Ron’s Picks of the Week:
Dirty Streets: Blades of Grass (Alive Naturalsound)
When you hear of groups comprised of folks in their twenties, chances are they are trying to redraw the glory days of 4AD, Creation Records and/or Amphetamine Reptile. Not a bad thing by any stretch of the imagination but man is it a breath of fresh air to hear someone from Generation Y basing their sound on something before 1987. Memphis trio Dirty Streets play the kind of hot ‘n’ sleazy AOR you thought had been buried in Steve Marriott’s coffin with him like a favorite pipe or handkerchief. The combination of drummer Andrew Denham, bassist Thomas Storz, and guitarist/vocalist Justin Tolan seem to have exhumed it for their own purposes. Recorded at the legendary Ardent Studios, the ghosts of Terry Manning, Pops Staples and Jim Dickinson indeed loom large over the 11 songs that comprise Blades of Grass (released July 9). And when infused with a deep understanding of Fireball-era Deep Purple and Black Sabbath’s Sabotage along with the whiskey-worn belt of Toland’s vocals – a swaggering blend of early Paul Rodgers and the late, great Ray Gillen of Badlands – you have yourself one of the best hard rock throwback albums to come out of the South since Raging Slab’s Dynamite Monster Boogie Concert. This Grass is truly smokin’! (Ron Hart)
Ron’s Runner-Up of the Week:
Big Black Cloud: Black Friday (Eolian Empire)
Portland, Oregon’s penchant for breeding the kind of nerdy, arty, somewhat-hip folks Fred Armisen and Carrie Brownstein poke fun at in their acclaimed IFC comedy series Portlandia hit a serious pothole the day noise rockers Big Black Cloud moved into town from the Dirty South nearly a decade ago. They make the kind of music their crispy, crunchy, hacky sack-playing and nebbishly rockist counterparts on the Northwest city’s social scene would run home crying to their mamas over. And on their phenomenal second full-length (released July 2), they push the fear of their presence in town even further into the sonic wood chipper by ramping up their brutal compound of Dead Kennedys surf, Scratch Acid scrape, and Drive Like Jehu squall to a whole new level of agitation with fuzzed-up freakouts like Bomb My Brain, Wastoids and Pile of Shit. Try putting a bird on this, Carrie and Fred, and see what happens to ya. [Listen to tracks here] (RH)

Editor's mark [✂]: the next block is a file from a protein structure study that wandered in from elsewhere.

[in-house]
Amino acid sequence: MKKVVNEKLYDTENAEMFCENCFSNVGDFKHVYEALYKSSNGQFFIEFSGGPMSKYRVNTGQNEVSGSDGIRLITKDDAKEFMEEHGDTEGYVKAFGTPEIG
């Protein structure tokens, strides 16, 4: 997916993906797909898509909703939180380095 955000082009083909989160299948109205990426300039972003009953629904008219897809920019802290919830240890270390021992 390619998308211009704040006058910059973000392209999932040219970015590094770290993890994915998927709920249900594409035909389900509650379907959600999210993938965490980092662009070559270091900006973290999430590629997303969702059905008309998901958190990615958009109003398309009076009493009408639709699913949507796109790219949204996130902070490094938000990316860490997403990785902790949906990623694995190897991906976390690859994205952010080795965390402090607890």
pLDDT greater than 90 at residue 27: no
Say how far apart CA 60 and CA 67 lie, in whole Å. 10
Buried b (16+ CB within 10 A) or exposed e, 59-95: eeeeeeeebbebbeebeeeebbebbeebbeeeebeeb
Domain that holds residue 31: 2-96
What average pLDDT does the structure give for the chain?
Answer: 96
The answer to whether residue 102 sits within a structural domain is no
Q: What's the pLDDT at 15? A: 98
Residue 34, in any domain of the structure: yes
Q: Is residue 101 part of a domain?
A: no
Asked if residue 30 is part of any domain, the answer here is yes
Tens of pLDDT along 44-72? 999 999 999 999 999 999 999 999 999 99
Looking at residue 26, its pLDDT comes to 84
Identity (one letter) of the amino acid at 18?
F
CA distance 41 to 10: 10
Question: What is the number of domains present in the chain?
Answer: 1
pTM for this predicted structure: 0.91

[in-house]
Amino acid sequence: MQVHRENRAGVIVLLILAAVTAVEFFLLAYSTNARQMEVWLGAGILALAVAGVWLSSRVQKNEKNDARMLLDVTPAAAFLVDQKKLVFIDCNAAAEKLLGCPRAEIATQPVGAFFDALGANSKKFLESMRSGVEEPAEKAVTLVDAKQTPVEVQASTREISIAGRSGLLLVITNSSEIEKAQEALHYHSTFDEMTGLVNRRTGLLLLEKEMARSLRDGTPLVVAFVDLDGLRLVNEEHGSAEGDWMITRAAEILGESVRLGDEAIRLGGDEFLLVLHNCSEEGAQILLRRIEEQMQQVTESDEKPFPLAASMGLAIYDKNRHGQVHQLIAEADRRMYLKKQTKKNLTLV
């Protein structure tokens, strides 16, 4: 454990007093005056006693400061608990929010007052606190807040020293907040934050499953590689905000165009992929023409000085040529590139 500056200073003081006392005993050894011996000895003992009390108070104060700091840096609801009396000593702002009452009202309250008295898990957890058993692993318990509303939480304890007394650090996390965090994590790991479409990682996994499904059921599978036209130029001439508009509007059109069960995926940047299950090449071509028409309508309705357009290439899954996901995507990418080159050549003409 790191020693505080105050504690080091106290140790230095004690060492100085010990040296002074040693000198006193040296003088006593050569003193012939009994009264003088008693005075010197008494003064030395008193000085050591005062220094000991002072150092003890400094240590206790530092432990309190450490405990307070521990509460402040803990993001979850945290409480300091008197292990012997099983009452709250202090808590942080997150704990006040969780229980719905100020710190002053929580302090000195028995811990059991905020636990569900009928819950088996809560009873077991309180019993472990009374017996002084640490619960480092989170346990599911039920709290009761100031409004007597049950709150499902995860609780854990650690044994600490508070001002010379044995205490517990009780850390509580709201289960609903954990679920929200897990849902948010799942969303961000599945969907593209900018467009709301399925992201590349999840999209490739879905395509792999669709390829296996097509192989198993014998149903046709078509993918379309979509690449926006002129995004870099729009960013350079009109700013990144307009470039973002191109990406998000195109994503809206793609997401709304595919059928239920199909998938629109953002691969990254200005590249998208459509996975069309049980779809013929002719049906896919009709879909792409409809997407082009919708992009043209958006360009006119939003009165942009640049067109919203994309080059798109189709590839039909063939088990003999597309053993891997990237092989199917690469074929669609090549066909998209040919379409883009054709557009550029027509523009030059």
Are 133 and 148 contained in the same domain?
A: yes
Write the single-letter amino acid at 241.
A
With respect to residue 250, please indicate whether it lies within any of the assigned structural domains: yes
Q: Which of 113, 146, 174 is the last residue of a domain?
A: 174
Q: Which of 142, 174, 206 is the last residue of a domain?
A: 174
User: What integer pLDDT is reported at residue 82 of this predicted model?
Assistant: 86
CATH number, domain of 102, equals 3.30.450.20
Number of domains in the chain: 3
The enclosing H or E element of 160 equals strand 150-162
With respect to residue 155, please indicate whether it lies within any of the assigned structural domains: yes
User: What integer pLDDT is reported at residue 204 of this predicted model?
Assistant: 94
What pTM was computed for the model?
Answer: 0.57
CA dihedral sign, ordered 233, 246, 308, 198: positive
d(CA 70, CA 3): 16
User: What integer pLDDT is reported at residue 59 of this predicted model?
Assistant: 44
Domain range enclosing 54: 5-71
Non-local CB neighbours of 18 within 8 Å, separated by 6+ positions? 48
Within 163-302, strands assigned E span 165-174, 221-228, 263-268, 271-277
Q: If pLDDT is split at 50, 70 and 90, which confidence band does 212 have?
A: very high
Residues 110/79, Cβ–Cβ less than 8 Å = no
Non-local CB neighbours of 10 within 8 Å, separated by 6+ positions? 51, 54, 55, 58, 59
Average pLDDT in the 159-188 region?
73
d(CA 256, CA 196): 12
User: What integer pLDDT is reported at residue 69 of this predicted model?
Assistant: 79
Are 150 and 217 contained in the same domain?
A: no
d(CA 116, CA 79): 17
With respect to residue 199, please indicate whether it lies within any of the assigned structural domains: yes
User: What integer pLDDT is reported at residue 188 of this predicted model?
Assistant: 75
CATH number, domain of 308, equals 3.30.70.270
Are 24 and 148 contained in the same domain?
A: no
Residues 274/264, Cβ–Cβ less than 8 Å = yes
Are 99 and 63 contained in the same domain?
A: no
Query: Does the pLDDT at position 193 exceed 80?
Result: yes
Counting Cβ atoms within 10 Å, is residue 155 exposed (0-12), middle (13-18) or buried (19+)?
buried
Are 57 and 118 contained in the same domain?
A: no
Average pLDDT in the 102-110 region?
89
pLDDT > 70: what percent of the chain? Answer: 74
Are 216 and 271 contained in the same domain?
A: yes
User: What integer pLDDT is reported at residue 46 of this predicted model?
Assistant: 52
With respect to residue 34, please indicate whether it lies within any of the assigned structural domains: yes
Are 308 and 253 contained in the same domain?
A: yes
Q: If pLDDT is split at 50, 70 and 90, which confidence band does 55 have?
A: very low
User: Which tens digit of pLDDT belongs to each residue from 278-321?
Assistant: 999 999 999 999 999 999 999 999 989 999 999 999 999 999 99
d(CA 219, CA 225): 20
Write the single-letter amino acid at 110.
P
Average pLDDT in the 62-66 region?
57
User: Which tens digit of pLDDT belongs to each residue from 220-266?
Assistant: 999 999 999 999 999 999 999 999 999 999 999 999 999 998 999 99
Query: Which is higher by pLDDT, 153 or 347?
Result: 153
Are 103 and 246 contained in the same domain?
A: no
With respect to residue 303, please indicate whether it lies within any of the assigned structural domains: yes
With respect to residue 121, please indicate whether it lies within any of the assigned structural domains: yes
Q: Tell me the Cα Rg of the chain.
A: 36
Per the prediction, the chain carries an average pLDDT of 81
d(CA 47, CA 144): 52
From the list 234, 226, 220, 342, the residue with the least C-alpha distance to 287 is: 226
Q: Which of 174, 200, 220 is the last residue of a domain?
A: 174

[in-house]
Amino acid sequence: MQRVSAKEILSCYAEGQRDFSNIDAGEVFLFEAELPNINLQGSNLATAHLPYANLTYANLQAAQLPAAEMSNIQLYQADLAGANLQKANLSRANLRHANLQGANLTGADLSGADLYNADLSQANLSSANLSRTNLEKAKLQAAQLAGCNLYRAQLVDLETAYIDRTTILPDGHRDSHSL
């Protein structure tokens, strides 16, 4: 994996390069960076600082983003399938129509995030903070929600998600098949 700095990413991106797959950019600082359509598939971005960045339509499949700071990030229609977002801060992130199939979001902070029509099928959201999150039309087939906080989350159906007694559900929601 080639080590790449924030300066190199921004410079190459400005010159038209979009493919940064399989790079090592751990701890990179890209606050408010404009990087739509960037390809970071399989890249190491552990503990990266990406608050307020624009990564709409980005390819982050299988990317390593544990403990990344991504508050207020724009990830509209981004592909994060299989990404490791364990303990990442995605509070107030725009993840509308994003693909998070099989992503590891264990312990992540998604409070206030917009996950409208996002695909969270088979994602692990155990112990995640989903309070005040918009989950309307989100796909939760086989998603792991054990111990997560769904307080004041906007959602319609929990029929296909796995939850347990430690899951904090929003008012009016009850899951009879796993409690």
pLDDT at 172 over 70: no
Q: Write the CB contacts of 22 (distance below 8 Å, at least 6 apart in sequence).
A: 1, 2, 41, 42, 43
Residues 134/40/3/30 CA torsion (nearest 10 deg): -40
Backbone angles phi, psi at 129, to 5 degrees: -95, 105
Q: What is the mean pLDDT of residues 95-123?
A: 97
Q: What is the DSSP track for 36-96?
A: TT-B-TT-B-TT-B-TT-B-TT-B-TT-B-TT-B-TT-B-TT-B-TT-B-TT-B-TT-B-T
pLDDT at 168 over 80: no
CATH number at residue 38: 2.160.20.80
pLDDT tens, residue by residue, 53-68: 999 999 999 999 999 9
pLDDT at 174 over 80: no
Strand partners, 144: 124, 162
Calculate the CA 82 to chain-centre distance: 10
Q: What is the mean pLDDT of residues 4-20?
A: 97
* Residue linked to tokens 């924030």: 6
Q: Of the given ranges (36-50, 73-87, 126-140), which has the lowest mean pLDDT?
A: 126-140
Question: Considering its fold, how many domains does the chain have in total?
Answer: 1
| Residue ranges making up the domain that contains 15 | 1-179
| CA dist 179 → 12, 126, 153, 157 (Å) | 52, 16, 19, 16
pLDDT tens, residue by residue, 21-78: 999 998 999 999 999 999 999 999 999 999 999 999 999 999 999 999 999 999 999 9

Ron’s Bonus Review:
The Mantles: Long Enough to Leave (Slumberland)
Quality new school jangle rock is very hard to come by in 2013. But on their second full-length (released June 12), San Francisco’s The Mantles deliver in spades, pulling together a melodic strain that falls somewhere between the Hoboken nervousness of The Bongos and The Feelies and the Paisley dirge of Dave Roback’s split mind between The Rain Parade and Opal. If your head is immersed in the sounds of vintage 80s college rock, The Mantles’ excellent new album is definitely worth the score. (RH)